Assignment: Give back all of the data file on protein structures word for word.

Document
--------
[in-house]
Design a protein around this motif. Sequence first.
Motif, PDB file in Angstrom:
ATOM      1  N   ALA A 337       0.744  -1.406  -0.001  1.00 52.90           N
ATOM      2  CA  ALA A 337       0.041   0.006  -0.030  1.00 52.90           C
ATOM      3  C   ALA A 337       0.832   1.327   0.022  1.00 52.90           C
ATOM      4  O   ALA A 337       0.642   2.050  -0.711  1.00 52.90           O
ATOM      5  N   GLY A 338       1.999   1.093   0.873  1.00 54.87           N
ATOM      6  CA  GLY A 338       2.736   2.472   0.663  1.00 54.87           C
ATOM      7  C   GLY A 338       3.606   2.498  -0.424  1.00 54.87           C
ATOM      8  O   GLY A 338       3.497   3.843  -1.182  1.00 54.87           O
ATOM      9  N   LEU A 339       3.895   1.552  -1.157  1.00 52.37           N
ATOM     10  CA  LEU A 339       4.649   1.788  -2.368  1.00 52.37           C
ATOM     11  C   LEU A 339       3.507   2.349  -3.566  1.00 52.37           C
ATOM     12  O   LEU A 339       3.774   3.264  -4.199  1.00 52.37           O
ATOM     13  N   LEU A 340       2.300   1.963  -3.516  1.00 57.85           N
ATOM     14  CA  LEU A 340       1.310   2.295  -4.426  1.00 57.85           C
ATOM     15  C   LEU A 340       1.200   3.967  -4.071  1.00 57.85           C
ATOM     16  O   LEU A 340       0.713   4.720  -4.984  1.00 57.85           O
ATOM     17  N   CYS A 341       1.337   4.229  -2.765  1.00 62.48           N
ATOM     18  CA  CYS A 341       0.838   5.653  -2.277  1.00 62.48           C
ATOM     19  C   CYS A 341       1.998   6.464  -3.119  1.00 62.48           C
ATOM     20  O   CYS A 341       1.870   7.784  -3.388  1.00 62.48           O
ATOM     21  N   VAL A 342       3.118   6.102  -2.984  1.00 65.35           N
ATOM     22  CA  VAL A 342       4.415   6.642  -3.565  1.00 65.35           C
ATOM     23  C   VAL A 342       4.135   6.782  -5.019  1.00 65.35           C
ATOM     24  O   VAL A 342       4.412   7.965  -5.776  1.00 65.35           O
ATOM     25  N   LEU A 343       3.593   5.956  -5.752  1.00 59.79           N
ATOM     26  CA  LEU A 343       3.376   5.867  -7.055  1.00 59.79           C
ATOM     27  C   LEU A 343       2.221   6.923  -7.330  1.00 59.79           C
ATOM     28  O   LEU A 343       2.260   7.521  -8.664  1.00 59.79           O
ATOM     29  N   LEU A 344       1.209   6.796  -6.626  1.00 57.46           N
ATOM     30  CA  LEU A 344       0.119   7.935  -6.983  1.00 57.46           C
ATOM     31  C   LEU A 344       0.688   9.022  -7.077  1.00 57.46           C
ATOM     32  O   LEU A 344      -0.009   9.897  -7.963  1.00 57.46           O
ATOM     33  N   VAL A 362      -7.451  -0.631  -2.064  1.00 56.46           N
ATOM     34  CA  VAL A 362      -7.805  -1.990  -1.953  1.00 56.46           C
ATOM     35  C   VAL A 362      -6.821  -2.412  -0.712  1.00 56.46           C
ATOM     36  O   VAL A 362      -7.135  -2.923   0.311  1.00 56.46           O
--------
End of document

[in-house]
Design a protein around this motif. Sequence first.
Motif, PDB file in Angstrom:
ATOM      1  N   ALA A 337       0.744  -1.406  -0.001  1.00 52.90           N
ATOM      2  CA  ALA A 337       0.041   0.006  -0.030  1.00 52.90           C
ATOM      3  C   ALA A 337       0.832   1.327   0.022  1.00 52.90           C
ATOM      4  O   ALA A 337       0.642   2.050  -0.711  1.00 52.90           O
ATOM      5  N   GLY A 338       1.999   1.093   0.873  1.00 54.87           N
ATOM      6  CA  GLY A 338       2.736   2.472   0.663  1.00 54.87           C
ATOM      7  C   GLY A 338       3.606   2.498  -0.424  1.00 54.87           C
ATOM      8  O   GLY A 338       3.497   3.843  -1.182  1.00 54.87           O
ATOM      9  N   LEU A 339       3.895   1.552  -1.157  1.00 52.37           N
ATOM     10  CA  LEU A 339       4.649   1.788  -2.368  1.00 52.37           C
ATOM     11  C   LEU A 339       3.507   2.349  -3.566  1.00 52.37           C
ATOM     12  O   LEU A 339       3.774   3.264  -4.199  1.00 52.37           O
ATOM     13  N   LEU A 340       2.300   1.963  -3.516  1.00 57.85           N
ATOM     14  CA  LEU A 340       1.310   2.295  -4.426  1.00 57.85           C
ATOM     15  C   LEU A 340       1.200   3.967  -4.071  1.00 57.85           C
ATOM     16  O   LEU A 340       0.713   4.720  -4.984  1.00 57.85           O
ATOM     17  N   CYS A 341       1.337   4.229  -2.765  1.00 62.48           N
ATOM     18  CA  CYS A 341       0.838   5.653  -2.277  1.00 62.48           C
ATOM     19  C   CYS A 341       1.998   6.464  -3.119  1.00 62.48           C
ATOM     20  O   CYS A 341       1.870   7.784  -3.388  1.00 62.48           O
ATOM     21  N   VAL A 342       3.118   6.102  -2.984  1.00 65.35           N
ATOM     22  CA  VAL A 342       4.415   6.642  -3.565  1.00 65.35           C
ATOM     23  C   VAL A 342       4.135   6.782  -5.019  1.00 65.35           C
ATOM     24  O   VAL A 342       4.412   7.965  -5.776  1.00 65.35           O
ATOM     25  N   LEU A 343       3.593   5.956  -5.752  1.00 59.79           N
ATOM     26  CA  LEU A 343       3.376   5.867  -7.055  1.00 59.79           C
ATOM     27  C   LEU A 343       2.221   6.923  -7.330  1.00 59.79           C
ATOM     28  O   LEU A 343       2.260   7.521  -8.664  1.00 59.79           O
ATOM     29  N   LEU A 344       1.209   6.796  -6.626  1.00 57.46           N
ATOM     30  CA  LEU A 344       0.119   7.935  -6.983  1.00 57.46           C
ATOM     31  C   LEU A 344       0.688   9.022  -7.077  1.00 57.46           C
ATOM     32  O   LEU A 344      -0.009   9.897  -7.963  1.00 57.46           O
ATOM     33  N   VAL A 362      -7.451  -0.631  -2.064  1.00 56.46           N
ATOM     34  CA  VAL A 362      -7.805  -1.990  -1.953  1.00 56.46           C
ATOM     35  C   VAL A 362      -6.821  -2.412  -0.712  1.00 56.46           C
ATOM     36  O   VAL A 362      -7.135  -2.923   0.311  1.00 56.46           O